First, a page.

A Northern California private school apologized for a lunch menu that offered fried chicken, corn bread and watermelon to celebrate Black History Month.
School administrators for Carondelet High School, an all-girls Catholic school in Concord, Calif., said they did not approve the menu, and it remains unclear who came up with the idea.
In an interview with USA TODAY Network, Carondelet communications director Christina Ditzel also said that the Black Student Union was not to blame. In an earlier report from KTVU, Interim President Sister Ann Bernard said students with the group had planned the menu.
A spokesman for De La Salle High school, an all-boys school affiliated with Carondelet that runs the Black Student Union, reiterated that the group was not responsible.
"I know for a fact they have nothing to do with the menu at Carondelet," said J.A. Gray, director of communications for De La Salle, in an interview with USA TODAY Network.
According to Ditzel, a student announced the lunch menu over the school's public address system on Monday.
"It was a shock to the administrators, the students and the teachers, and they were angry about it," Ditzel said.
Ditzel said she did not hear the announcement and that it had not been approved by the administration, per school policy.
In response to the incident, Ditzel said school officials discussed the menu in an assembly Wednesday and sent letters apologizing to parents.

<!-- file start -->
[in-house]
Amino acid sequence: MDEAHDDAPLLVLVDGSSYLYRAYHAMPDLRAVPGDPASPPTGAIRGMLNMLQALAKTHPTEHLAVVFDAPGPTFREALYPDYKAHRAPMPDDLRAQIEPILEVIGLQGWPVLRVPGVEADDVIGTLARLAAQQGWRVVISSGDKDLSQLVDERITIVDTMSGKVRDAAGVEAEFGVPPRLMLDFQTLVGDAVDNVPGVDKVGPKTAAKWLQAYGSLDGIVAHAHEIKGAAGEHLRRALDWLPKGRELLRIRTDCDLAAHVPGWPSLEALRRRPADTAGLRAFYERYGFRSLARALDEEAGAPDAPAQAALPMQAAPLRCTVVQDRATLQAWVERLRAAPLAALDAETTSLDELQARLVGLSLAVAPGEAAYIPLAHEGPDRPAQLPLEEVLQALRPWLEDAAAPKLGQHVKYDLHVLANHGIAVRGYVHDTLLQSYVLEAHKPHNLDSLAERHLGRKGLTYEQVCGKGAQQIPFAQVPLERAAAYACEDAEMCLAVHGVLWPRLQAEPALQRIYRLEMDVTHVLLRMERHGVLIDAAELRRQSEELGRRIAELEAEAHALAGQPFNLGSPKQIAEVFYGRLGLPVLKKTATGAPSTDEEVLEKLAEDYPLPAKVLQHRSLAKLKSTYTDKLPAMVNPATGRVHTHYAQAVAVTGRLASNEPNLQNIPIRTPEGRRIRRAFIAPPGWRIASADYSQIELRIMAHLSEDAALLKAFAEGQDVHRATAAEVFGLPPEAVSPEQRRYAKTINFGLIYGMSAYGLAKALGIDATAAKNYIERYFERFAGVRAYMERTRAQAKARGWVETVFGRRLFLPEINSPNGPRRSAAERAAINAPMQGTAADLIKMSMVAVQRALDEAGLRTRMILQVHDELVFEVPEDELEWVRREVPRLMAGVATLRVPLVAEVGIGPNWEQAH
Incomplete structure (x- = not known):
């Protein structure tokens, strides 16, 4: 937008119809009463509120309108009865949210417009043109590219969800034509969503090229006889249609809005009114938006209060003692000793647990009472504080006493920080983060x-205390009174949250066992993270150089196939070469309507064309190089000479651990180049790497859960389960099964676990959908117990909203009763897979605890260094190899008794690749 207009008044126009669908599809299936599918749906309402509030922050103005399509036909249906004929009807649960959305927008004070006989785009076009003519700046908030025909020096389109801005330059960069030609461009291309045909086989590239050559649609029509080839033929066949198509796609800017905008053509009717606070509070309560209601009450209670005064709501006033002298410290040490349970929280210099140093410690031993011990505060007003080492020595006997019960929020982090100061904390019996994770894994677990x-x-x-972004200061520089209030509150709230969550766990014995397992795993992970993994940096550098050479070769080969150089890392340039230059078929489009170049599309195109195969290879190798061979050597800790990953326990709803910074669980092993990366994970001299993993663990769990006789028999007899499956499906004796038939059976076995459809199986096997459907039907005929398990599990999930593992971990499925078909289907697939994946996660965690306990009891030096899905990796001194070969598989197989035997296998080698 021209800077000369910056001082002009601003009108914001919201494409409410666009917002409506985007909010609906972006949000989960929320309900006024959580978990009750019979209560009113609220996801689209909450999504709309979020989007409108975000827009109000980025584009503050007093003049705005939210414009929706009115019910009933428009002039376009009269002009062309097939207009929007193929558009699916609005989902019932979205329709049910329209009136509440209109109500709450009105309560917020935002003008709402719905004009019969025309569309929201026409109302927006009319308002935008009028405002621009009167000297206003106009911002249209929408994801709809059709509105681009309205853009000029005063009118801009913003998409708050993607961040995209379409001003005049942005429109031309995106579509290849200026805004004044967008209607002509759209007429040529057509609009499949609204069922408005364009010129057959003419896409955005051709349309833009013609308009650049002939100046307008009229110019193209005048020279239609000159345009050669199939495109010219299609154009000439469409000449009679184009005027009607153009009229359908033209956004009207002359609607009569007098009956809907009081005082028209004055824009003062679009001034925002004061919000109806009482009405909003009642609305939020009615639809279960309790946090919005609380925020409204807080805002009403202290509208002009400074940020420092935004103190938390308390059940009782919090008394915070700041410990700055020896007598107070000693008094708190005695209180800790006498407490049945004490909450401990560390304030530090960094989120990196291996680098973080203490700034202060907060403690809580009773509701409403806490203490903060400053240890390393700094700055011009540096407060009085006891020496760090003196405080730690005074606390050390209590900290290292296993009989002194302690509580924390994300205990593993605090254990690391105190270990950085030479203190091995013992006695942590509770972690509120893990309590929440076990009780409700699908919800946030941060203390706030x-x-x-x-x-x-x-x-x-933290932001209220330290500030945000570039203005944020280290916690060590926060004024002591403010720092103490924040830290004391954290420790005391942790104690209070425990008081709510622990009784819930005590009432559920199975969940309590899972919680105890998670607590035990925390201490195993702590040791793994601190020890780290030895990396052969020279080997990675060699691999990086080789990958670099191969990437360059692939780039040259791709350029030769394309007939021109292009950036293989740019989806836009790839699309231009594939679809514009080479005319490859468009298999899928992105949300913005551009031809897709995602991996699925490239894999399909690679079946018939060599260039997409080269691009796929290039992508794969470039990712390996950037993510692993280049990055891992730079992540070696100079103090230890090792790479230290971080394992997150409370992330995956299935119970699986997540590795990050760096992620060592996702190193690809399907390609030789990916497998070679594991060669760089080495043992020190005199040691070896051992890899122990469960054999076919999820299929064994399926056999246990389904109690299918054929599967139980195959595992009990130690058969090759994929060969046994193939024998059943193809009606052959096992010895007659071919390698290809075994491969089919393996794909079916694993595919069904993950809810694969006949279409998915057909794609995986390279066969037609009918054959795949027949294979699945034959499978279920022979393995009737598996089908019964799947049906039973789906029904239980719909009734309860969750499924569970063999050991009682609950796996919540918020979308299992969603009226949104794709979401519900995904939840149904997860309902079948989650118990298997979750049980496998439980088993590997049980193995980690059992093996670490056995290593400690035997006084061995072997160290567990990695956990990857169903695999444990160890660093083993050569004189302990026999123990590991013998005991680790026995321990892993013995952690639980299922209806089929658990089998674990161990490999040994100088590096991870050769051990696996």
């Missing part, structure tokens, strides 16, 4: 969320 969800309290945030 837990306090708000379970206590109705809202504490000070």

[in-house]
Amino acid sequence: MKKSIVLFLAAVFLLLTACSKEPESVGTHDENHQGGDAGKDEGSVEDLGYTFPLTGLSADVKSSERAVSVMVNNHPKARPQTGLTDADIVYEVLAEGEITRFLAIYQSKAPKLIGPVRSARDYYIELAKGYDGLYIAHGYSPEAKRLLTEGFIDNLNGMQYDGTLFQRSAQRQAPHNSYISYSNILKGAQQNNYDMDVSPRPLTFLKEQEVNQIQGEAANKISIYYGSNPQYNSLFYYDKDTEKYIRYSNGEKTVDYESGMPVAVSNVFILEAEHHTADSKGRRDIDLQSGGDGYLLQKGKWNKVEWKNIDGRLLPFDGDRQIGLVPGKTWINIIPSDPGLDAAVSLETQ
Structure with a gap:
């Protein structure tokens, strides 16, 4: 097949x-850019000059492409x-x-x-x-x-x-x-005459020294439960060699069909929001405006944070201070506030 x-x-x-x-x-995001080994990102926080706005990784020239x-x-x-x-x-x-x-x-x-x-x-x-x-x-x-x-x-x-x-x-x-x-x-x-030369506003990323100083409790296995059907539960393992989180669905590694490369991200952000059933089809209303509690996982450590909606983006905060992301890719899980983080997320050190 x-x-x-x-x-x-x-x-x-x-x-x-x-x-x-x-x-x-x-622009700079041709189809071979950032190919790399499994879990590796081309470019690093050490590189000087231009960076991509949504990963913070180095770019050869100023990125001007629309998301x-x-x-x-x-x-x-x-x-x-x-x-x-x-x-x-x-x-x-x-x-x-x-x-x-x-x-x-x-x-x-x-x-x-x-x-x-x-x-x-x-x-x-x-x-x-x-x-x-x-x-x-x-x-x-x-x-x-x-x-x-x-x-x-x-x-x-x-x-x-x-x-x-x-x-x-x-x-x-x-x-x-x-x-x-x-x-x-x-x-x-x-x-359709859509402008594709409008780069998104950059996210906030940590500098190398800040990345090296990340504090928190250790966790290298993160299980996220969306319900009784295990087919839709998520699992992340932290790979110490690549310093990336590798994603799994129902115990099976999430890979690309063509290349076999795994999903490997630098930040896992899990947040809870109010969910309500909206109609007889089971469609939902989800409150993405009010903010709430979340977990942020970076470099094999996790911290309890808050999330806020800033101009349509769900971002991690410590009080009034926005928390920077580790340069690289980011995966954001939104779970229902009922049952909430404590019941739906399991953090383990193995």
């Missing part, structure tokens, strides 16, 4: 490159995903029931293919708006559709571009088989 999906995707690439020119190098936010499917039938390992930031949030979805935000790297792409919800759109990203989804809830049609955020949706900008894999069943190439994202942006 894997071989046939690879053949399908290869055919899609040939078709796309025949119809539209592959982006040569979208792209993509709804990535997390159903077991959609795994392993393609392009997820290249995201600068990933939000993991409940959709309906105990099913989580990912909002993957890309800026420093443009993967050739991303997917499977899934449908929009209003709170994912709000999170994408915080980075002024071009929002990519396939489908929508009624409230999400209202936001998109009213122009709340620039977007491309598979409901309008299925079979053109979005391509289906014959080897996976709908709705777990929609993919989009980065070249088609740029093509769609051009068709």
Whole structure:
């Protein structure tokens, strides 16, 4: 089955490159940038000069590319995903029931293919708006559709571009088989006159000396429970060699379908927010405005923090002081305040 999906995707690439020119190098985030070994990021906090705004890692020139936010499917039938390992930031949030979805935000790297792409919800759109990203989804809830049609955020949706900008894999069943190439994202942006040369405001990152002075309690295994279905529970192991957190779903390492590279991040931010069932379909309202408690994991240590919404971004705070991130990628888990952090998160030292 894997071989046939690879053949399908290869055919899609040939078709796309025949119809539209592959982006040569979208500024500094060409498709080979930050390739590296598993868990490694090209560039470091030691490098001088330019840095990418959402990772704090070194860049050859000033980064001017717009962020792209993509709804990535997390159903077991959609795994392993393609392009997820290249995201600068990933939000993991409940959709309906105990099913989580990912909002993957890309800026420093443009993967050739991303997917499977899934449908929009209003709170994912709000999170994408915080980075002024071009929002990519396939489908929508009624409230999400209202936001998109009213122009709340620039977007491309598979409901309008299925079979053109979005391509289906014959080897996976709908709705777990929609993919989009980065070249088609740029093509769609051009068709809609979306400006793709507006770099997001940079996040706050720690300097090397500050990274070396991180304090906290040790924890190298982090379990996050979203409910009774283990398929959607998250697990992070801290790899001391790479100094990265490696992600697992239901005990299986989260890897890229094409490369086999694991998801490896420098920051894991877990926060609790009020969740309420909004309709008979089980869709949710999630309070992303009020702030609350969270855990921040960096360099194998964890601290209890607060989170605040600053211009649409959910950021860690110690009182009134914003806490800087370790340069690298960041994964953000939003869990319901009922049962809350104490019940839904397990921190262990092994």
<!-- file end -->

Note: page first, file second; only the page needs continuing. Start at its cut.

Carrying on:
In a Feb. 6 letter that was sent to parents, Principal Nancy Libby apologized for "any hurt this caused students, parents or community members."
"Please know that at no time at Carondelet do we wish to perpetuate racial stereotypes," Libby wrote.
In another letter, Libby said a diversity assembly is planned for later this month.
African Americans constitute 2% of Carondelet's student population, according to Ditzel.
A letter from De La Salle guidance counselors addressed to faculty explained that fried chicken and watermelon "were some of the stereotypical images commonly used to depict life on the plantation, particularly among African slaves."
"It is important to keep in mind that the images of fried chicken and watermelon have been used intentionally for over 100 years to dehumanize black people," according to the letter.
"Those foods become, fairly or unfairly, a badge of inferiority," Greg Carr, chairman of the Department of Afro-American Studies at Howard University, told USA TODAY Network.
"If anything, what I hope could come out of this is to have a conversation about stereotypes and where those three items came from," Carr said.